Schools also face challenges with Burmese students dropping out in the middle of the school year.

"The school headmaster budgets for a certain number of students. If many of them drop out mid-year, the school faces an issue with numbers not matching their financial allotments", said Ho.

JRS conducts outreach with communities and parents to show the value of schooling, whether in migrant learning centres or Thai schools.

"Our children have a right to education. Our job is to help them realise that right, and open up more opportunities for them in the future", said Ho.

The official government policy by the Council of Ministers of Thailand asserts that all children, regardless of legal status in Thailand, are entitled to cost-free education until the age of 15, according to the Ministry of Foreign Affairs (MFA).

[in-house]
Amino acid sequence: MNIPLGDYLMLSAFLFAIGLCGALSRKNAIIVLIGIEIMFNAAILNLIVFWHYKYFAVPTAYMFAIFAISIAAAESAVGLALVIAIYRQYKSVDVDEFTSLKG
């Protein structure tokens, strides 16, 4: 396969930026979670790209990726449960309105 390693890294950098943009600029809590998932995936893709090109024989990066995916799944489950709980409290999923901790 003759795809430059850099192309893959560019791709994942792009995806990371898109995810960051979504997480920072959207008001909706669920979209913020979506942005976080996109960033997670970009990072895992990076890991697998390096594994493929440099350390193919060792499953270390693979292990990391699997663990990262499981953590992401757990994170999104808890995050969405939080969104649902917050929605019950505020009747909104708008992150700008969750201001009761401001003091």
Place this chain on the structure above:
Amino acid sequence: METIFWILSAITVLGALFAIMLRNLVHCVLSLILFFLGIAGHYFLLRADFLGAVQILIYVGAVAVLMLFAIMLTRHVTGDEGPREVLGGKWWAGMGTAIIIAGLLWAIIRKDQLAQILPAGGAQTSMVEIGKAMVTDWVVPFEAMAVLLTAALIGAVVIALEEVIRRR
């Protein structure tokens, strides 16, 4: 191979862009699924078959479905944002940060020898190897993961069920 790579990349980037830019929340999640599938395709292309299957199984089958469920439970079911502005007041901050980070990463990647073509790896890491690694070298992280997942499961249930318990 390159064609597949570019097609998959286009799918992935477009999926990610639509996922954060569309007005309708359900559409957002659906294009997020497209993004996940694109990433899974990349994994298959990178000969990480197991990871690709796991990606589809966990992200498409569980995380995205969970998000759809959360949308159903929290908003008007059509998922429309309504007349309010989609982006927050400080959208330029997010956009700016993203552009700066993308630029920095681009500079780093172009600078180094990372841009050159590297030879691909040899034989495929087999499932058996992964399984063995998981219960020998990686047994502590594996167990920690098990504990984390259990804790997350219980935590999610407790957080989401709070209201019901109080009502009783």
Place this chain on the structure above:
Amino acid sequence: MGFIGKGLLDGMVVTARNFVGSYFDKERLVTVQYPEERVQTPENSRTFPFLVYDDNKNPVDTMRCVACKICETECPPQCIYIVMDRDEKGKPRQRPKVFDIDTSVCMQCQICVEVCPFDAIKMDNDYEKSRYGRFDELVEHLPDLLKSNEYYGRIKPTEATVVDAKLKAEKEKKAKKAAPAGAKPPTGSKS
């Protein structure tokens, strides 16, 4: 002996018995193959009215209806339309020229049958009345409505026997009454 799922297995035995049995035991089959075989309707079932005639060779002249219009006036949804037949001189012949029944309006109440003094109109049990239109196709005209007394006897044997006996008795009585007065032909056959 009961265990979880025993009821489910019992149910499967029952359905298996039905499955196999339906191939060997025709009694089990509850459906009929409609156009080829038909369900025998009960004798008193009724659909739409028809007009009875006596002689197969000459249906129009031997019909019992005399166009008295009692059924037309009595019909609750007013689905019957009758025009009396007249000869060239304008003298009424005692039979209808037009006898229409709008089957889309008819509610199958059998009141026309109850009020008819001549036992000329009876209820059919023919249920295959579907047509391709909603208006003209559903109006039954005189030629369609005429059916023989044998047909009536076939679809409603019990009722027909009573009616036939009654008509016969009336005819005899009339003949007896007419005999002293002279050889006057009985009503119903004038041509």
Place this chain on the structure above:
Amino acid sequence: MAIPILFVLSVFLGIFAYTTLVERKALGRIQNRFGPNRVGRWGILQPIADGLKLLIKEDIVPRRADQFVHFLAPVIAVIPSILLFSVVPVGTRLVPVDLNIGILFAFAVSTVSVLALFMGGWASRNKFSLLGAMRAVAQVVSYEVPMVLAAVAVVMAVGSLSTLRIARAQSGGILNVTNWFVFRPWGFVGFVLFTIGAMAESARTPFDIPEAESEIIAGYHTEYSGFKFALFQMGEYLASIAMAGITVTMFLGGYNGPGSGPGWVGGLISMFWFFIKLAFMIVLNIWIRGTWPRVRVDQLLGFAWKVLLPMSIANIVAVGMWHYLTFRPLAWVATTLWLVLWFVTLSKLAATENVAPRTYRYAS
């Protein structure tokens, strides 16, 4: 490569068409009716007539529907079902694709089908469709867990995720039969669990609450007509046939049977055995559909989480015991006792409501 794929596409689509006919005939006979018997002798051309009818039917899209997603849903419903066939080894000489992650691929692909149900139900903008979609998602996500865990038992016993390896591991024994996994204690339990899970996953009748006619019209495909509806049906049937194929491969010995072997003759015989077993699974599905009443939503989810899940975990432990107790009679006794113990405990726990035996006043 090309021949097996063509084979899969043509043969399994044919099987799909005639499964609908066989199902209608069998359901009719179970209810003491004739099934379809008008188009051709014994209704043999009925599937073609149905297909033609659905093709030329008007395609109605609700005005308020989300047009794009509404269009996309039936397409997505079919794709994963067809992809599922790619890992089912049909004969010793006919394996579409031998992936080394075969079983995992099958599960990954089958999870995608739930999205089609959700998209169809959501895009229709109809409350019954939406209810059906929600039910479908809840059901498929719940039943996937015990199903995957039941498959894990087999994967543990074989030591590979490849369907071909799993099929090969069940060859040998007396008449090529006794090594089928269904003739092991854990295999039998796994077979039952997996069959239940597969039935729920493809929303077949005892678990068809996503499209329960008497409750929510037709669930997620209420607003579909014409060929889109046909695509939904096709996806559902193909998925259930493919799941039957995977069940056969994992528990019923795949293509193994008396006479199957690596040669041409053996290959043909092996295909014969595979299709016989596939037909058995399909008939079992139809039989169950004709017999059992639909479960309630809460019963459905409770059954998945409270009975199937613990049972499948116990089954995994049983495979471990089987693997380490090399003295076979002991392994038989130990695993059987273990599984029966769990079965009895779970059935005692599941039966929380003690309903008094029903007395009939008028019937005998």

While the necessary laws are in place to bind schools to accept migrant children, the MFA insists that public campaigns are necessary to encourage more migrant parents to send their children to schools, and allow them to finish.

"From 2013 to 2015, we will continue public outreach out to families to help them realise the value of education", said Ho.

Dana MacLean, Asia Pacific Regional Communications Assistant


Burundi: informal education promotes community development

 
Swavis Nzeyimana with her 7 months-old child beside the dishes she dries in the sun, a lesson she learned at JRS family management classes in Kibimba (Danilo Giannese/JRS)

 
Increasing these women's educational opportunities will foster confidence in themselves and their abilities and in turn contribute to the overall development of local communities and society as a whole.